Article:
This year, the spaghetti dinner will be held on Thursday, November 8th, from 5:00 to 7:00 at the Parkersburg Knights of Columbus. The dinner is free for Veterans. The cost for non-Veterans is $5.00. The proceeds will benefit Operation Transportation. Children 8 and under eat free with a paying adult.

The event will feature a 50/50 drawing and a raffle. O’Brian’s Catering of Ripley will be helping for the 2nd consecutive year.

Everything You Need to Know About RFC Forms

One of the most important aspects to consider when pursuing a Social Security Disability claim is whether or not the individual making the claim is capable of working. One of the ways in which the Social Security Administration (SSA) evaluates your ability to work is via a Residual Functional Capacity Assessment, commonly known as an RFC.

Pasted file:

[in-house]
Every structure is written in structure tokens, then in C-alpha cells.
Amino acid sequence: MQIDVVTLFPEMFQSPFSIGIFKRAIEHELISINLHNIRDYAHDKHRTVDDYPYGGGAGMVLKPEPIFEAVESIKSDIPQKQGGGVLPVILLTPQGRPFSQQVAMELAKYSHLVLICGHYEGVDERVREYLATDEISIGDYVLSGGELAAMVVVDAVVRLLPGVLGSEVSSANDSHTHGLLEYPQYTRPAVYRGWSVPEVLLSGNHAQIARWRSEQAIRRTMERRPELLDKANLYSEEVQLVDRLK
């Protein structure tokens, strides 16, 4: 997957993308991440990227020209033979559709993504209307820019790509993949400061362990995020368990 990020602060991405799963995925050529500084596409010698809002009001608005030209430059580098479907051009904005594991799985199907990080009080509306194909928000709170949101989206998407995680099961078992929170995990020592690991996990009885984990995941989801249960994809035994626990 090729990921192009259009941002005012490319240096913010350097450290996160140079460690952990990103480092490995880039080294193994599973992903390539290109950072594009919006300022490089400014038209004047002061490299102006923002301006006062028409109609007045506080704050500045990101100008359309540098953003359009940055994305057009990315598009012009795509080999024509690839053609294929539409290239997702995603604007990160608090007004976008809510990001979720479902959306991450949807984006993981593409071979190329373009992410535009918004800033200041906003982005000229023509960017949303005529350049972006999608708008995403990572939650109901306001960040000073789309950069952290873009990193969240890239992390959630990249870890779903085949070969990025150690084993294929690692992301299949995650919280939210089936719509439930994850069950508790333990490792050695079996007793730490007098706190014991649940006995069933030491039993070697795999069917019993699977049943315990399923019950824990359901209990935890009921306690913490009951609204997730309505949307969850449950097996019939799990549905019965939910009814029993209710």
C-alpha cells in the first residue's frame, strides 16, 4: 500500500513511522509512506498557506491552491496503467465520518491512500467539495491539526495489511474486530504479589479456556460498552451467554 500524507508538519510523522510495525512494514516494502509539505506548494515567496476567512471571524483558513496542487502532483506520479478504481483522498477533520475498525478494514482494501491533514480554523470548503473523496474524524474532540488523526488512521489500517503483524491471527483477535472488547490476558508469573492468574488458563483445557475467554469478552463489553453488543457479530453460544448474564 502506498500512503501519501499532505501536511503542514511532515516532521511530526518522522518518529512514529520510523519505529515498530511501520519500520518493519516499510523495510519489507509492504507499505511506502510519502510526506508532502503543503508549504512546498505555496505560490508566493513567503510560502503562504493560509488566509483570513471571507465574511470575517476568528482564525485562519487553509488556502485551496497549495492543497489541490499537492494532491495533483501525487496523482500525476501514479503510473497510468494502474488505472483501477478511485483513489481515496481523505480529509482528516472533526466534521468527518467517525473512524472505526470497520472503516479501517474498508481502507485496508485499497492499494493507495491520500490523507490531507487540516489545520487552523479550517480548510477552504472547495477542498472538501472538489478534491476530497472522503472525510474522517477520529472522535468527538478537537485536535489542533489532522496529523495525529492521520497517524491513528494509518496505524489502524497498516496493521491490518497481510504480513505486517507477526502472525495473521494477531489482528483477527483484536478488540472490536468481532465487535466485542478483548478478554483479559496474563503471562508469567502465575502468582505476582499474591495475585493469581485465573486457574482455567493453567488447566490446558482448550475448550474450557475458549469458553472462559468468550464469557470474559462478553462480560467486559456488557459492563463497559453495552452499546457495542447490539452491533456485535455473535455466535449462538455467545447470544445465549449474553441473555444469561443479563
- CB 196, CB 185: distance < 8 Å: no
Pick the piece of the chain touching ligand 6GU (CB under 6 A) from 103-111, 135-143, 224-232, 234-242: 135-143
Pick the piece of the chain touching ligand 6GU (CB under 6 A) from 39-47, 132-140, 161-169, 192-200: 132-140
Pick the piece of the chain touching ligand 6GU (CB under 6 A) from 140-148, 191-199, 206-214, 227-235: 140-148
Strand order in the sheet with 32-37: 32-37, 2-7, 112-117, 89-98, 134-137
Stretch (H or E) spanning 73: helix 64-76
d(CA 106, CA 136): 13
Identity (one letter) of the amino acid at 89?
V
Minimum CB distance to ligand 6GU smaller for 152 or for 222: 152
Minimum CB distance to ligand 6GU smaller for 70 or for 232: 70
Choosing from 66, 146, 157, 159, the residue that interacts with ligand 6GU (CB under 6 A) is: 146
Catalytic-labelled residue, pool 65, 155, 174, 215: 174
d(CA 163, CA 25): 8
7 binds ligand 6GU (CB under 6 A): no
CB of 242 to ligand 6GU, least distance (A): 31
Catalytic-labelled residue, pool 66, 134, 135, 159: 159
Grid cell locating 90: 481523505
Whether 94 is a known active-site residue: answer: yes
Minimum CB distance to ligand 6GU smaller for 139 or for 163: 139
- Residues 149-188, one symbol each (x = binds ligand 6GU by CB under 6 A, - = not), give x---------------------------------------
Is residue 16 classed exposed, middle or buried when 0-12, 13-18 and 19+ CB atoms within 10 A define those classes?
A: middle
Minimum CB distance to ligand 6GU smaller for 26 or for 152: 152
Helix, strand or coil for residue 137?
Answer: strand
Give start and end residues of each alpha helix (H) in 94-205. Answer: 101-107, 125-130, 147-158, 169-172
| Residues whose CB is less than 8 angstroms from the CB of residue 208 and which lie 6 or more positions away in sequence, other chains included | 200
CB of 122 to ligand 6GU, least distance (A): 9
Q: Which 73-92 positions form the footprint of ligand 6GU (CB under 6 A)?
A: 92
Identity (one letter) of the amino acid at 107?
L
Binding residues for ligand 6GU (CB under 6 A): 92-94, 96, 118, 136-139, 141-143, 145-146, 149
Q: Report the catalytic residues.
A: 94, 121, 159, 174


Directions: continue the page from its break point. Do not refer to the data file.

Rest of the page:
Your impairment(s) and any related symptoms, such as pain, may cause physical and mental limitations that affect what you can do in a work setting. Your Residual Functional Capacity is the maximum amount of work you can still do despite your limitations. The Social Security Administration (SSA) will assess your Residual Functional Capacity based on all the relevant evidence in your case record.

For instance, if you have an issue with your back, the RFC will measure how much you can still do despite your back problems, such as how long you can stand, walk or sit, or how many pounds you can lift.

Your physical RFC determines whether you can be expected to do sedentary work, light work, or medium work. For instance, if your doctor has restricted you to walking and standing no more than two hours per day, your RFC will be for sedentary work. Here are the various exertional levels that could appear in your RFC: